# HUGE ACKERMANN (gen)

Okay, so there’s a lot of notations in the field of googology, and today, we will be talking about Ackermann’s Generalized Exponential Notation.

I will refer to this as the AGEN function, but it is g(a, b, c).

The rules (well, the definition) of AGEN is as follows:

• g(a, b, c) = g(a-1, g(a, b-1, c), c)
• g(a, 0, c) = 1 (if b = 0, it equals out to 1.)
• g(0, b, c) = b + c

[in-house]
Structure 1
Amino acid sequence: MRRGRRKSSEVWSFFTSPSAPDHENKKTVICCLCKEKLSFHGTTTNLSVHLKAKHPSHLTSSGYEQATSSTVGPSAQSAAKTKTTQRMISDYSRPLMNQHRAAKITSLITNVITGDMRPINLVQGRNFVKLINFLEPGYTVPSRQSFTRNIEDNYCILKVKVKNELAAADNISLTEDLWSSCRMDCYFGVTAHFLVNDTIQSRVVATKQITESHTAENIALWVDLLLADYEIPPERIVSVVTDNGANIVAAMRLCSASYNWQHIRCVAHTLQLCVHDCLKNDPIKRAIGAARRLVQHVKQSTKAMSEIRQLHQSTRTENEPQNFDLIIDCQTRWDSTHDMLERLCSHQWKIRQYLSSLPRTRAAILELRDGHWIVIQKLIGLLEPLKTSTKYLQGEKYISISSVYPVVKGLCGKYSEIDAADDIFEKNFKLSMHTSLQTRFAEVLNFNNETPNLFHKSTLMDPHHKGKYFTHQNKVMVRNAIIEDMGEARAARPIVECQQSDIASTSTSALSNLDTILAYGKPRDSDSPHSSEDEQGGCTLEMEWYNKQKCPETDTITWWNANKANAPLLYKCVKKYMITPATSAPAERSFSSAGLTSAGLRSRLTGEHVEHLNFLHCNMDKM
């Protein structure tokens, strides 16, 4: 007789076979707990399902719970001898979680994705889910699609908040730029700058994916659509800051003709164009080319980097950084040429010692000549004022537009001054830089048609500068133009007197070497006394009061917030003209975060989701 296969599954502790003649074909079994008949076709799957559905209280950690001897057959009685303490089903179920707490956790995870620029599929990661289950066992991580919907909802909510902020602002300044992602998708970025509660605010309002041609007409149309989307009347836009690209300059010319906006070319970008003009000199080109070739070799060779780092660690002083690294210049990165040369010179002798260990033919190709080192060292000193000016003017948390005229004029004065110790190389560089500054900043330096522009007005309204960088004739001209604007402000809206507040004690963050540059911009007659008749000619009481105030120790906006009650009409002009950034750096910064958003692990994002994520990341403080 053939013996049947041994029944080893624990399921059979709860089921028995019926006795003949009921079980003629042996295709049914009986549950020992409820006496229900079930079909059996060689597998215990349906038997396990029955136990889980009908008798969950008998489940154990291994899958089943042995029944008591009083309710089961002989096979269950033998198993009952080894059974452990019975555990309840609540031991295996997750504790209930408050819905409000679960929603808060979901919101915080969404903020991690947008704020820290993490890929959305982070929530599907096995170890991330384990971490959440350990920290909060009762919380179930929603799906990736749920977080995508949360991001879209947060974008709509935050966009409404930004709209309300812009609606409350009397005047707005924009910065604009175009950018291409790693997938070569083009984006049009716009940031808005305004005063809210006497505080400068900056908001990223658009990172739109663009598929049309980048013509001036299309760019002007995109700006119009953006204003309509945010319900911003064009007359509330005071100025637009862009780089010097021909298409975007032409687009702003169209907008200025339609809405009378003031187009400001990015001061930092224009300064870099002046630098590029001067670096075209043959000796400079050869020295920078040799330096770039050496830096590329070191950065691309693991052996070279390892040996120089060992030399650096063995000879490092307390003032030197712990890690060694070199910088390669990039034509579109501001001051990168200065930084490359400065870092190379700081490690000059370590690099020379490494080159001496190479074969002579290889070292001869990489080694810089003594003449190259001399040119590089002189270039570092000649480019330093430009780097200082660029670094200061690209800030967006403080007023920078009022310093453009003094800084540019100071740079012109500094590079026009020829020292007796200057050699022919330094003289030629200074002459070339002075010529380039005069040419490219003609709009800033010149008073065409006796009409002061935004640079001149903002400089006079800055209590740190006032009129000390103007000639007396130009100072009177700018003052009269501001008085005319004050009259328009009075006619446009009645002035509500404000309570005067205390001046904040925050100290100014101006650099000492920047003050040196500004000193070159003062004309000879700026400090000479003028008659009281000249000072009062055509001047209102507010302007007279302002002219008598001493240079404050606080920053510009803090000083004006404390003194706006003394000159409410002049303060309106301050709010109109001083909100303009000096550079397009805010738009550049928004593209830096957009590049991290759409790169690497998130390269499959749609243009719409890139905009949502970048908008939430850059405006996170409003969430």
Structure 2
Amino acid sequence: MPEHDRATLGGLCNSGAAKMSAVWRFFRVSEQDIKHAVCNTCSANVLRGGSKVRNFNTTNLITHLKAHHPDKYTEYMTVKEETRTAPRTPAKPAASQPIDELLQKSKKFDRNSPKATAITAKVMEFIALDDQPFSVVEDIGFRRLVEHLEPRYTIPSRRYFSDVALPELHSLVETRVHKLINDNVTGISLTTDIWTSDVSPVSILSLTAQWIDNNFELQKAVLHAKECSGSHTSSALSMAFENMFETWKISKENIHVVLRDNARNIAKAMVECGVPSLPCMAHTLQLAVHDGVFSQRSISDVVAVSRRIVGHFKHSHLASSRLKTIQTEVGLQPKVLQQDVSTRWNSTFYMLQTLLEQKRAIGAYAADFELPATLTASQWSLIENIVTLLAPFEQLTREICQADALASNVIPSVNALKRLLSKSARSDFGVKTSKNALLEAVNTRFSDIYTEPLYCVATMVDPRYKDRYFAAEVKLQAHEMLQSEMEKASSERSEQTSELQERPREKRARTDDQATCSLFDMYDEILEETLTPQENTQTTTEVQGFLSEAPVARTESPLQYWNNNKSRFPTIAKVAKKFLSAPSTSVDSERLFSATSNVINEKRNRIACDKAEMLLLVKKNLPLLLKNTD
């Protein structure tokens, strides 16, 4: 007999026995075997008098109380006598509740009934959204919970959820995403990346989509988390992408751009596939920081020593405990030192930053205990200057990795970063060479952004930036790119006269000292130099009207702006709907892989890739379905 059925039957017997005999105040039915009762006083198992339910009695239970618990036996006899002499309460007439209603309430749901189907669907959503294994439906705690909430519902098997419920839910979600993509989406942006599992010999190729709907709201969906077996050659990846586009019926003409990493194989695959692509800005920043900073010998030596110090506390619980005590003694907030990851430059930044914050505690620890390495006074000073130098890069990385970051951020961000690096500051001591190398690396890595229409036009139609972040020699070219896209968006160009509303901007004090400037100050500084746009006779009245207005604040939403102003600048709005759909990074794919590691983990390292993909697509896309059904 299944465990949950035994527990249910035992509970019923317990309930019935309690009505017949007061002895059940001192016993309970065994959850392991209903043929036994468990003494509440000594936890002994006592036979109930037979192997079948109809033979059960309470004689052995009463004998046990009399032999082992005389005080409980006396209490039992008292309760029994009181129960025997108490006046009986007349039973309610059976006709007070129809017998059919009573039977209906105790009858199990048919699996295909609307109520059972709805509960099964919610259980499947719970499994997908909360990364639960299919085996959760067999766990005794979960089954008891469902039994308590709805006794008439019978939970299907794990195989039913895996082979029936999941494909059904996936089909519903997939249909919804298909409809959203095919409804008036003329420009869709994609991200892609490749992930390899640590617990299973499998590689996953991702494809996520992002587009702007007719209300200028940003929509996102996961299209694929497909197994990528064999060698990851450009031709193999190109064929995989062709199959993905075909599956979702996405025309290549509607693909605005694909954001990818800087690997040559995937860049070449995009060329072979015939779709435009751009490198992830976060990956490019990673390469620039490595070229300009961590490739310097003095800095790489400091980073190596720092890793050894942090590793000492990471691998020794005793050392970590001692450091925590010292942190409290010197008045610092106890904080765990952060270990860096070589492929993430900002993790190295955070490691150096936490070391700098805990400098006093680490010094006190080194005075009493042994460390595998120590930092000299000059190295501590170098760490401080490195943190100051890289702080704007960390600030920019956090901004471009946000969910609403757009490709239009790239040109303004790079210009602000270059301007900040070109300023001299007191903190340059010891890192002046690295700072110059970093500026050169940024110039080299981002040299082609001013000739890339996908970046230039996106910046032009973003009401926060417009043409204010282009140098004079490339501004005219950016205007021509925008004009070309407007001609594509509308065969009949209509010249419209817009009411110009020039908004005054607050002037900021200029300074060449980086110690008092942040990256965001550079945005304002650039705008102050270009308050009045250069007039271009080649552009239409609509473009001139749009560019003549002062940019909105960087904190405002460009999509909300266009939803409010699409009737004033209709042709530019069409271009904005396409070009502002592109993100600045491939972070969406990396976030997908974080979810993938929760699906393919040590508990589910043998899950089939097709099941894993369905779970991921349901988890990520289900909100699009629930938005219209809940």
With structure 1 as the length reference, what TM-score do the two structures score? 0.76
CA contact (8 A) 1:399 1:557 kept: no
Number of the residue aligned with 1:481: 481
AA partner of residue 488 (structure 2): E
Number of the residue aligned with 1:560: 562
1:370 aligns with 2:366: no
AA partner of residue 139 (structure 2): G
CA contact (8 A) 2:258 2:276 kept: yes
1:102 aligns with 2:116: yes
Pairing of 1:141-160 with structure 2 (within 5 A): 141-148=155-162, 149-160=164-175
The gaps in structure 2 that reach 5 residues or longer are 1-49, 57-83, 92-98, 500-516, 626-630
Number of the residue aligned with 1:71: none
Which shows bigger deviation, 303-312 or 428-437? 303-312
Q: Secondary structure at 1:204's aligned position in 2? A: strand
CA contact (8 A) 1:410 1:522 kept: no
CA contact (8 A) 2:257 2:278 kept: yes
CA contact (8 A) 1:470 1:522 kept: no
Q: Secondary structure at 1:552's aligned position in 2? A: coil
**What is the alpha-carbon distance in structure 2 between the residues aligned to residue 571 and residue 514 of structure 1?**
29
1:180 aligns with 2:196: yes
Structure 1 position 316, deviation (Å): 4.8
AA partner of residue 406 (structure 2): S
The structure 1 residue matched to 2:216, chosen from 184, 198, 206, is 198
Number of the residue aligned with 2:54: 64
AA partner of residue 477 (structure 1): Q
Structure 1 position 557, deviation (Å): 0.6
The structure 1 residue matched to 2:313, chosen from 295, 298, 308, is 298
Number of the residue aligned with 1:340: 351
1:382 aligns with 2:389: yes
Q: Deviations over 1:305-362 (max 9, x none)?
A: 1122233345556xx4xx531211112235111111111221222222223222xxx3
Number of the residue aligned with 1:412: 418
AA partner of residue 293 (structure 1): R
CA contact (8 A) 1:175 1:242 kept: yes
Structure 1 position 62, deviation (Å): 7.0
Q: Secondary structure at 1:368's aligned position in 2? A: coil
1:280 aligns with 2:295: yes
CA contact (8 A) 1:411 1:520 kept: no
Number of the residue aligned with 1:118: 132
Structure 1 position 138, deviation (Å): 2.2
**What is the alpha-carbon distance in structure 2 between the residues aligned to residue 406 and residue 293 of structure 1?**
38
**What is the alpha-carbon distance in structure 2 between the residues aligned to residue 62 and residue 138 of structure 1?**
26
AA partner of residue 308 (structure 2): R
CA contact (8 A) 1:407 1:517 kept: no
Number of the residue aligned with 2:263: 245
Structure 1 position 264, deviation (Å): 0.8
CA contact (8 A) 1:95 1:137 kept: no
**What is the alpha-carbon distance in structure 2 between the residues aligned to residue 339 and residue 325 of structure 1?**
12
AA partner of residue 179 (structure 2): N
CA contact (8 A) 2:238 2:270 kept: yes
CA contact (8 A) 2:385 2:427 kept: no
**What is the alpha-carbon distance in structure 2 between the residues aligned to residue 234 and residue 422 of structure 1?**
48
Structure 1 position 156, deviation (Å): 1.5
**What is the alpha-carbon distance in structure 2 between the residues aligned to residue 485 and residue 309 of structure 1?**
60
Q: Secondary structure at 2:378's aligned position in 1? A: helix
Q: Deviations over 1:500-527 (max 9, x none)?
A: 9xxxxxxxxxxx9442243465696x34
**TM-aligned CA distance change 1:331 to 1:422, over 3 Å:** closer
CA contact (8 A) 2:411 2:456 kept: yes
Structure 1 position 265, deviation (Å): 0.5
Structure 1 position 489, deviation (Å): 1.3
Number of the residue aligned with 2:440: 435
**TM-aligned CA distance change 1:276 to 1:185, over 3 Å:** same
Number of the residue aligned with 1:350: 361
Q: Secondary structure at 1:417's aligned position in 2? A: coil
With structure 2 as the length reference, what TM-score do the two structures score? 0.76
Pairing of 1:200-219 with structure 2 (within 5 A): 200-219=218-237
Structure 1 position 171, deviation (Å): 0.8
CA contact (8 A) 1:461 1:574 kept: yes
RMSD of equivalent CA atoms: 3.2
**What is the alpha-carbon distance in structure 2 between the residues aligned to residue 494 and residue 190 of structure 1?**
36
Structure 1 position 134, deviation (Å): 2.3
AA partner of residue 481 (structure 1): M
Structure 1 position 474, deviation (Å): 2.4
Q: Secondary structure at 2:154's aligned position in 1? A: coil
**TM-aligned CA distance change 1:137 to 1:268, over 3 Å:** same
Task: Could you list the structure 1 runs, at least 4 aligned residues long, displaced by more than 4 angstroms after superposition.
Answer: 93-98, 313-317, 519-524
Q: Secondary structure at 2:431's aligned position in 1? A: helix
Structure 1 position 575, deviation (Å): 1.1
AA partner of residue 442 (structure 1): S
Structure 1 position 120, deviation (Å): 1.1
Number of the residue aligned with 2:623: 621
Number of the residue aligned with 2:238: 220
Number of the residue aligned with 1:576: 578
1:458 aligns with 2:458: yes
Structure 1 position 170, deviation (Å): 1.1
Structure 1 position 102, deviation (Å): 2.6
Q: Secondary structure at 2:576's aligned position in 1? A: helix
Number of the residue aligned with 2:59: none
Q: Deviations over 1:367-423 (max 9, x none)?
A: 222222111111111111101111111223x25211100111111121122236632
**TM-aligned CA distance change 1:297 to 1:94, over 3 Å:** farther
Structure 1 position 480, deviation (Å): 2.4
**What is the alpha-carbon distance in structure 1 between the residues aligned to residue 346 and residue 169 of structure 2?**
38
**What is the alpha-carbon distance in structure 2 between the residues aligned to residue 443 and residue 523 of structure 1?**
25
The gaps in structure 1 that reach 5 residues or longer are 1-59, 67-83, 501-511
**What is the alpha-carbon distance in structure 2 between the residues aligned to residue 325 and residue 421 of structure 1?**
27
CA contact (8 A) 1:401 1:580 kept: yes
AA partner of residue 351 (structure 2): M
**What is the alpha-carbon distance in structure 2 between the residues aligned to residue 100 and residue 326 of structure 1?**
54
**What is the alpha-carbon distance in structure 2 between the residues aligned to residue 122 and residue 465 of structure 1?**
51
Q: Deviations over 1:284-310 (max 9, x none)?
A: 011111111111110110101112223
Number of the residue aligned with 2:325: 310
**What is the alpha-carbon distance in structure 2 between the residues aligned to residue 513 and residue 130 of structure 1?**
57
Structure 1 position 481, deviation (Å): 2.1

• g(1, b, c) = bc

Simple. Let’s try a couple examples!

g(2, 3, 1) = g(1, g(2, 2, 1), 1) = g(2, 2, 1) = g(1, g(2, 1, 1), 1) = g(2, 1, 1) = g(1, g(2, 0, 1), 1) = g(1, 1, 1) = 1.

Me, being the crazy fanatic of programming I am, created a program for this, but it kinda doesn’t work with big numbers.

g(3, 3, 3) = 3^27, or 3↑↑3.

From how the Wikia page described it, it’s like this:

g(a, b, c) = c ↑a-1 b

Why was it this simple…

Therefore, if c = 1, then g(a, b, c) = 1.

Now, you might be thinking, “what if both a and b were 0?”

And to that my friends, I say “That’s for the next post!”

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